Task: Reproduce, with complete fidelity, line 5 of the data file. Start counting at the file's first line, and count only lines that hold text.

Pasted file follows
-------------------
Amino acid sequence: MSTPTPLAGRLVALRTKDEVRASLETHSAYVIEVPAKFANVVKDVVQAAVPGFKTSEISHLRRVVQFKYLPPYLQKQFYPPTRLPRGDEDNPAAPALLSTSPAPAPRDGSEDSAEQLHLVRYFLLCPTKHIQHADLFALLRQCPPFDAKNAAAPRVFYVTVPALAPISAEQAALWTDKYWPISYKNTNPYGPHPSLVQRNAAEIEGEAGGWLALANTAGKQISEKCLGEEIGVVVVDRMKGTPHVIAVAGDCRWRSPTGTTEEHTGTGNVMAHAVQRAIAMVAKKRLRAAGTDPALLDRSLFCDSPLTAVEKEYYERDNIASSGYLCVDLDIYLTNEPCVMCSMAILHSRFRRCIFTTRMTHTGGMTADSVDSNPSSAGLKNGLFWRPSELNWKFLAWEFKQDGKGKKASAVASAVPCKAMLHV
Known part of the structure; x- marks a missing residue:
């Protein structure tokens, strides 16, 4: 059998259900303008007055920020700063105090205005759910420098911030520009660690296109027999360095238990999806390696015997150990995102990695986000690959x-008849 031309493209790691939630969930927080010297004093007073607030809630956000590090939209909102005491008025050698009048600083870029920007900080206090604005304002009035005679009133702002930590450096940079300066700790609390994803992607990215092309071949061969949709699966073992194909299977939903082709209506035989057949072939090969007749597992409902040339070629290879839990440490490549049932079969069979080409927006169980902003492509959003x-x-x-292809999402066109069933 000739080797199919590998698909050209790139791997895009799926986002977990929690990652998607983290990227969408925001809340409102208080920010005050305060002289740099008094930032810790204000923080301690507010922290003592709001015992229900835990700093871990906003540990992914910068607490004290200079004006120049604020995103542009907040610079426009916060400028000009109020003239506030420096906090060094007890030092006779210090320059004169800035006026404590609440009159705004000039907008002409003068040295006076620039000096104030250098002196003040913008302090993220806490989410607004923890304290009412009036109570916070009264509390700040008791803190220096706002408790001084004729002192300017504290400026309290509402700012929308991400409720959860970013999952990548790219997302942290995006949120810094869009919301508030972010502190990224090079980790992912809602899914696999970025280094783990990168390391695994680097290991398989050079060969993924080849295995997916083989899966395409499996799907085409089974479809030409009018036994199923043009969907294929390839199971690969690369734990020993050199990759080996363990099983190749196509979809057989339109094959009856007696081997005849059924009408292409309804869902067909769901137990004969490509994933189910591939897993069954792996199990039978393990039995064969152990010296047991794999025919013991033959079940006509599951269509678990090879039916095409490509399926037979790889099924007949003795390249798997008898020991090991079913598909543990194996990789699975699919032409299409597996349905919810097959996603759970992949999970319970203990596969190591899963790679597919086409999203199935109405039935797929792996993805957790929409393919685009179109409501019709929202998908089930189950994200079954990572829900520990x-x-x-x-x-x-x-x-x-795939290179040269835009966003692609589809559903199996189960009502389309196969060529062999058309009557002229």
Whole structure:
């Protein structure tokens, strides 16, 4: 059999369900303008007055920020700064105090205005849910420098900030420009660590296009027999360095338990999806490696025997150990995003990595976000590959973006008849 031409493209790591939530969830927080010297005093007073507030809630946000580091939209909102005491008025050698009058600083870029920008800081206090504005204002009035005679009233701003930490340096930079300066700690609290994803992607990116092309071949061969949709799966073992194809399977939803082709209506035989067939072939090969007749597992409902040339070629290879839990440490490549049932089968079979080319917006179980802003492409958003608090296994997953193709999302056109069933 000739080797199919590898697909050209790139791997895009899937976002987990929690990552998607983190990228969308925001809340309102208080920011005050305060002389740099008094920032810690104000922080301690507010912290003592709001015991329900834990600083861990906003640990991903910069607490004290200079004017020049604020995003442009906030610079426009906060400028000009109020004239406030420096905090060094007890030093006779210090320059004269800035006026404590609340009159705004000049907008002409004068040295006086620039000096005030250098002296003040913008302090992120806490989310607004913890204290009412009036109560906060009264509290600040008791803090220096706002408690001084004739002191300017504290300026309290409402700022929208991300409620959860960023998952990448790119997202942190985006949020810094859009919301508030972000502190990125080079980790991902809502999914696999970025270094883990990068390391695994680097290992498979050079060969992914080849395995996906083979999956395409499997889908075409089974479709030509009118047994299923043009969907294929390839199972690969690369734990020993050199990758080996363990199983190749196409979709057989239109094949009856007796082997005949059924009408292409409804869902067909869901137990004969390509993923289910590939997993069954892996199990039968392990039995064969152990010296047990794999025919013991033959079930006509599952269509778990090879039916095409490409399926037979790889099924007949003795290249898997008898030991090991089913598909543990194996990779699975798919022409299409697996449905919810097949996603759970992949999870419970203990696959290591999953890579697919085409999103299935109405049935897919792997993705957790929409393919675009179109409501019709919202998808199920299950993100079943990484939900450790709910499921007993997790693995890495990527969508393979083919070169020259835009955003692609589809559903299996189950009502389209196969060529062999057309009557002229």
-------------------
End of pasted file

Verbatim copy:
């Protein structure tokens, strides 16, 4: 059999369900303008007055920020700064105090205005849910420098900030420009660590296009027999360095338990999806490696025997150990995003990595976000590959973006008849 031409493209790591939530969830927080010297005093007073507030809630946000580091939209909102005491008025050698009058600083870029920008800081206090504005204002009035005679009233701003930490340096930079300066700690609290994803992607990116092309071949061969949709799966073992194809399977939803082709209506035989067939072939090969007749597992409902040339070629290879839990440490490549049932089968079979080319917006179980802003492409958003608090296994997953193709999302056109069933 000739080797199919590898697909050209790139791997895009899937976002987990929690990552998607983190990228969308925001809340309102208080920011005050305060002389740099008094920032810690104000922080301690507010912290003592709001015991329900834990600083861990906003640990991903910069607490004290200079004017020049604020995003442009906030610079426009906060400028000009109020004239406030420096905090060094007890030093006779210090320059004269800035006026404590609340009159705004000049907008002409004068040295006086620039000096005030250098002296003040913008302090992120806490989310607004913890204290009412009036109560906060009264509290600040008791803090220096706002408690001084004739002191300017504290300026309290409402700022929208991300409620959860960023998952990448790119997202942190985006949020810094859009919301508030972000502190990125080079980790991902809502999914696999970025270094883990990068390391695994680097290992498979050079060969992914080849395995996906083979999956395409499997889908075409089974479709030509009118047994299923043009969907294929390839199972690969690369734990020993050199990758080996363990199983190749196409979709057989239109094949009856007796082997005949059924009408292409409804869902067909869901137990004969390509993923289910590939997993069954892996199990039968392990039995064969152990010296047990794999025919013991033959079930006509599952269509778990090879039916095409490409399926037979790889099924007949003795290249898997008898030991090991089913598909543990194996990779699975798919022409299409697996449905919810097949996603759970992949999870419970203990696959290591999953890579697919085409999103299935109405049935897919792997993705957790929409393919675009179109409501019709919202998808199920299950993100079943990484939900450790709910499921007993997790693995890495990527969508393979083919070169020259835009955003692609589809559903299996189950009502389209196969060529062999057309009557002229």